Sunday, April 20, 2008

When the Generals Lied (a proposed Series)

It might be worth our while to do this as a series.

This is from the New York Times article, a supplementary piece which shows the actual communications and memos. It's pretty devastating.

It should also put to rest any idea that this was all made up. In fact, what I plan to do is to try to correlate procurement and public support for the war. I don't know what I will be able to find, but here's some of the methodology that will likely be used.

I plan to start looking at various retired generals or admirals who comment regularly on CNN, Fox News, NBC News, CBS News, ABC News, CNN and whoever else is out there. I suspect that a number of print or online organizations have had this "message spin" done to them in different ways as well.

I think you can then track down instances where a positive spin was given in public by a general AND a subsequent award of a contract within the procurement realm of DoD. Now, I'm not alleging anything illegal--procurement in and of itself is very detailed and I'm not going to allege that something was awarded to a company that did not produce adequate bids or documentation. I think it's important to begin aligning the positive spin, the business benefits, and who was responsible for giving that spin while sitting on the board of a company that then benefited from a DoD procurement award.

When you start with this info:

Some networks publish biographies on their Web sites that describe their analysts’ military backgrounds and, in some cases, give at least limited information about their business ties. But many analysts also said the networks asked few questions about their outside business interests, the nature of their work or the potential for that work to create conflicts of interest. “None of that ever happened,” said Mr. Allard, an NBC analyst until 2006.

“The worst conflict of interest was no interest.”

Mr. [Wayne] Allard and other analysts said their network handlers also raised no objections when the Defense Department began paying their commercial airfare for Pentagon-sponsored trips to Iraq — a clear ethical violation for most news organizations.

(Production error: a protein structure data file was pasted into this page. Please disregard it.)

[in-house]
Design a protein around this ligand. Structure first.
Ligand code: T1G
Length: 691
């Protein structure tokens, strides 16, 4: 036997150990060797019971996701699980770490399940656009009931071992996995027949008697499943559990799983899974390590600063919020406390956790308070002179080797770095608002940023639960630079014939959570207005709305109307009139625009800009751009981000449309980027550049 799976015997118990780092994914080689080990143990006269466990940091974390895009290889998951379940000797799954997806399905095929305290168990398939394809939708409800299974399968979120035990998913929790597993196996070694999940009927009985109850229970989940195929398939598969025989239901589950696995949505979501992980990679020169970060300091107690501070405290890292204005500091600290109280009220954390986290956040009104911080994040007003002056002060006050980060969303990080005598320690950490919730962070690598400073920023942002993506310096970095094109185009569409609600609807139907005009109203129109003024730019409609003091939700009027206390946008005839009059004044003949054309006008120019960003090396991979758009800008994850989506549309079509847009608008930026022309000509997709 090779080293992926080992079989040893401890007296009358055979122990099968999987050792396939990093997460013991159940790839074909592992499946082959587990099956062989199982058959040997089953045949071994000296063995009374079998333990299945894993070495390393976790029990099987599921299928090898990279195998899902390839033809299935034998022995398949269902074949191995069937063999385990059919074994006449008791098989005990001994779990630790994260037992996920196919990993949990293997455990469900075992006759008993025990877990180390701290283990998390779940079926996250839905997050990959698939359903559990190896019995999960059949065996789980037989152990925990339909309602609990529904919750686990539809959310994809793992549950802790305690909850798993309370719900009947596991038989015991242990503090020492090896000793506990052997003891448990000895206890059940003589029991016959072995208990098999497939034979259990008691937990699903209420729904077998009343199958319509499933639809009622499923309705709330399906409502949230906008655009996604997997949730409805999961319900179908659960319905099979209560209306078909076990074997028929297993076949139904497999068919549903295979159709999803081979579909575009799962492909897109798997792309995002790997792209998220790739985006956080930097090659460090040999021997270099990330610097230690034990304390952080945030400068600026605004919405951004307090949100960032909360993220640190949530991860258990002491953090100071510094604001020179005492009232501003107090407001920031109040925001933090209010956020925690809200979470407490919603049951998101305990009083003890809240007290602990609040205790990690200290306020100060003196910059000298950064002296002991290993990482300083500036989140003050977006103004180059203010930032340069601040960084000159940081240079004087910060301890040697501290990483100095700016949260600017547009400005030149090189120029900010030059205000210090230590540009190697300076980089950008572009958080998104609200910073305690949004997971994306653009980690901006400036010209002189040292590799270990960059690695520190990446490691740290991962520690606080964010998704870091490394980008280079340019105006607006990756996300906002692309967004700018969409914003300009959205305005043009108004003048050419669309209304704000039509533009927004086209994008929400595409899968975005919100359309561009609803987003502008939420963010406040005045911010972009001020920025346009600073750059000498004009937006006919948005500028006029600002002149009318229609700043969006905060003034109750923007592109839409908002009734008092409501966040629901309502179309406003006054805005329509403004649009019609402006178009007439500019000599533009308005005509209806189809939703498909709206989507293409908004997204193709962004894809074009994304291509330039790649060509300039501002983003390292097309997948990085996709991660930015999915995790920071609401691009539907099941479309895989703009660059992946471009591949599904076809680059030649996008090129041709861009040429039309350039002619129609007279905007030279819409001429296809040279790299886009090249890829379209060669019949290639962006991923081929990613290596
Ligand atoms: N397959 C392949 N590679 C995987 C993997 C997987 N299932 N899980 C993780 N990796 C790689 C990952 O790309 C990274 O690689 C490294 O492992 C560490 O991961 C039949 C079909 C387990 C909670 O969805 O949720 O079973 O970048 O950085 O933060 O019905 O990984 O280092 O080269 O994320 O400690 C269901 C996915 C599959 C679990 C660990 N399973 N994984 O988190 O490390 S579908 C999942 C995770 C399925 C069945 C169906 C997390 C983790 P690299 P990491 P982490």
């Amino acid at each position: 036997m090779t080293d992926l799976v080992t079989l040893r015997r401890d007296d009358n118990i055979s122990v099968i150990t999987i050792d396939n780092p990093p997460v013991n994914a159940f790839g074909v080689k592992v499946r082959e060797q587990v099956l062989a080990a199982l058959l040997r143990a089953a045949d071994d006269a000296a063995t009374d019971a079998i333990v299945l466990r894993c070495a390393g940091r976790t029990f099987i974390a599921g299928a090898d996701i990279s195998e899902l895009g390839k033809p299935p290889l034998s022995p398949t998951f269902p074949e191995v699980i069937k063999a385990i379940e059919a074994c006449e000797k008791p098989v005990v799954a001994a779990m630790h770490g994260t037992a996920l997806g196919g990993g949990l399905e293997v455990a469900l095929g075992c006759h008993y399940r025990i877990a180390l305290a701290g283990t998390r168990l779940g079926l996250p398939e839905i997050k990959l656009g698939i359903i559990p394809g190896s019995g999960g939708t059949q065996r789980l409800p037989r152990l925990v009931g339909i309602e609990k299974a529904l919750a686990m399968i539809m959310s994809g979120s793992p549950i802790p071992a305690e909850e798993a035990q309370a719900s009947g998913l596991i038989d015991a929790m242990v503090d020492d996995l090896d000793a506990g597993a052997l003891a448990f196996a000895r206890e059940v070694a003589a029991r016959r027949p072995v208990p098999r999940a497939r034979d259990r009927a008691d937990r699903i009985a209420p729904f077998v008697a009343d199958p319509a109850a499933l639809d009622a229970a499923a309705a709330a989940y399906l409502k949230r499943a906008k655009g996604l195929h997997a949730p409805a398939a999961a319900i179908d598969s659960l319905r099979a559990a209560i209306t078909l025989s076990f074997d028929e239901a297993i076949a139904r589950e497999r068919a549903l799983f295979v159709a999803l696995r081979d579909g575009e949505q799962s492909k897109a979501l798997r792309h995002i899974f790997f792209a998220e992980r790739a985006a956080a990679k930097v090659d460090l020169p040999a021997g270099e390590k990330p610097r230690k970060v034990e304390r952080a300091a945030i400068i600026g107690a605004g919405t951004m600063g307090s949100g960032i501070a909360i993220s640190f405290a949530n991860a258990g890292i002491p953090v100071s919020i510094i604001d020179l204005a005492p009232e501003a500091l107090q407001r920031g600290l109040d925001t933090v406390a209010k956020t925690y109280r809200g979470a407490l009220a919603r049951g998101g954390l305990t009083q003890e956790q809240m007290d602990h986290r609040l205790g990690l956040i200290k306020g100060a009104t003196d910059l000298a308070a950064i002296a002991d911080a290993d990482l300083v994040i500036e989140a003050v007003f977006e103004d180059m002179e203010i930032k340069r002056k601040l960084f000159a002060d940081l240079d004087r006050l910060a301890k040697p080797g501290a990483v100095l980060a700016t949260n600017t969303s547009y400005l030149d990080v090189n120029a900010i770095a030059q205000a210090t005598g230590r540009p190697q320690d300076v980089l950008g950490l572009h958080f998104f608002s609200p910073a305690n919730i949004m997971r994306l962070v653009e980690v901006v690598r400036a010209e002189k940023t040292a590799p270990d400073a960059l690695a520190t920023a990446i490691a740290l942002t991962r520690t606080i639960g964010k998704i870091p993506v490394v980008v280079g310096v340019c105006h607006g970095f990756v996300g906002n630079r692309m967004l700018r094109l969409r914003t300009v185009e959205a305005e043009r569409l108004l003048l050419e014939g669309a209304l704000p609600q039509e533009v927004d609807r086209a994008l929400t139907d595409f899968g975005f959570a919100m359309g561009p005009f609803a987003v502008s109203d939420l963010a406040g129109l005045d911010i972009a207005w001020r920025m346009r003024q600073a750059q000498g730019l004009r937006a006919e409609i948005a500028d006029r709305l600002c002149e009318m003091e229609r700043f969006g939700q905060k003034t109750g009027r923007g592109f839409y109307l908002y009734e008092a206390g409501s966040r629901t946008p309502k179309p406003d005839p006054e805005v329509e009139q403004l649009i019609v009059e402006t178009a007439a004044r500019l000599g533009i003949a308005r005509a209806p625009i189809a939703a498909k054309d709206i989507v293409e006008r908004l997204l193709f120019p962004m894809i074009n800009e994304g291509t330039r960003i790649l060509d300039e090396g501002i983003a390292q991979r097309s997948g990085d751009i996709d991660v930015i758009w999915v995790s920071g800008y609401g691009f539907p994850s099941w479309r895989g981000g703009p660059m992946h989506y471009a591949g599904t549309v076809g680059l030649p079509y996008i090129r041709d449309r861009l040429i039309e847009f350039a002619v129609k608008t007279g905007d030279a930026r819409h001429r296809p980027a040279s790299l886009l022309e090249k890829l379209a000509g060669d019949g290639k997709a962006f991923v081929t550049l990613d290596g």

And then when you start to think about this kind of thing:

CNN, for example, said it was unaware for nearly three years that one of its main military analysts, General Marks, was deeply involved in the business of seeking government contracts, including contracts related to Iraq.

General Marks was hired by CNN in 2004, about the time he took a management position at McNeil Technologies, where his job was to pursue military and intelligence contracts. As required, General Marks disclosed that he received income from McNeil Technologies. But the disclosure form did not require him to describe what his job entailed, and CNN acknowledges it failed to do additional vetting.

“We did not ask Mr. Marks the follow-up questions we should have,” CNN said in a written statement.

In an interview, General Marks said it was no secret at CNN that his job at McNeil Technologies was about winning contracts. “I mean, that’s what McNeil does,” he said.

CNN, however, said it did not know the nature of McNeil’s military business or what General Marks did for the company. If he was bidding on Pentagon contracts, CNN said, that should have disqualified him from being a military analyst for the network. But in the summer and fall of 2006, even as he was regularly asked to comment on conditions in Iraq, General Marks was working intensively on bidding for a $4.6 billion contract to provide thousands of translators to United States forces in Iraq. In fact, General Marks was made president of the McNeil spin-off that won the huge contract in December 2006.

General Marks said his work on the contract did not affect his commentary on CNN. “I’ve got zero challenge separating myself from a business interest,” he said.

But CNN said it had no idea about his role in the contract until July 2007, when it reviewed his most recent disclosure form, submitted months earlier, and finally made inquiries about his new job.

“We saw the extent of his dealings and determined at that time we should end our relationship with him,” CNN said.

I sure would like to know how the hell this went on, and at what cost to our government.

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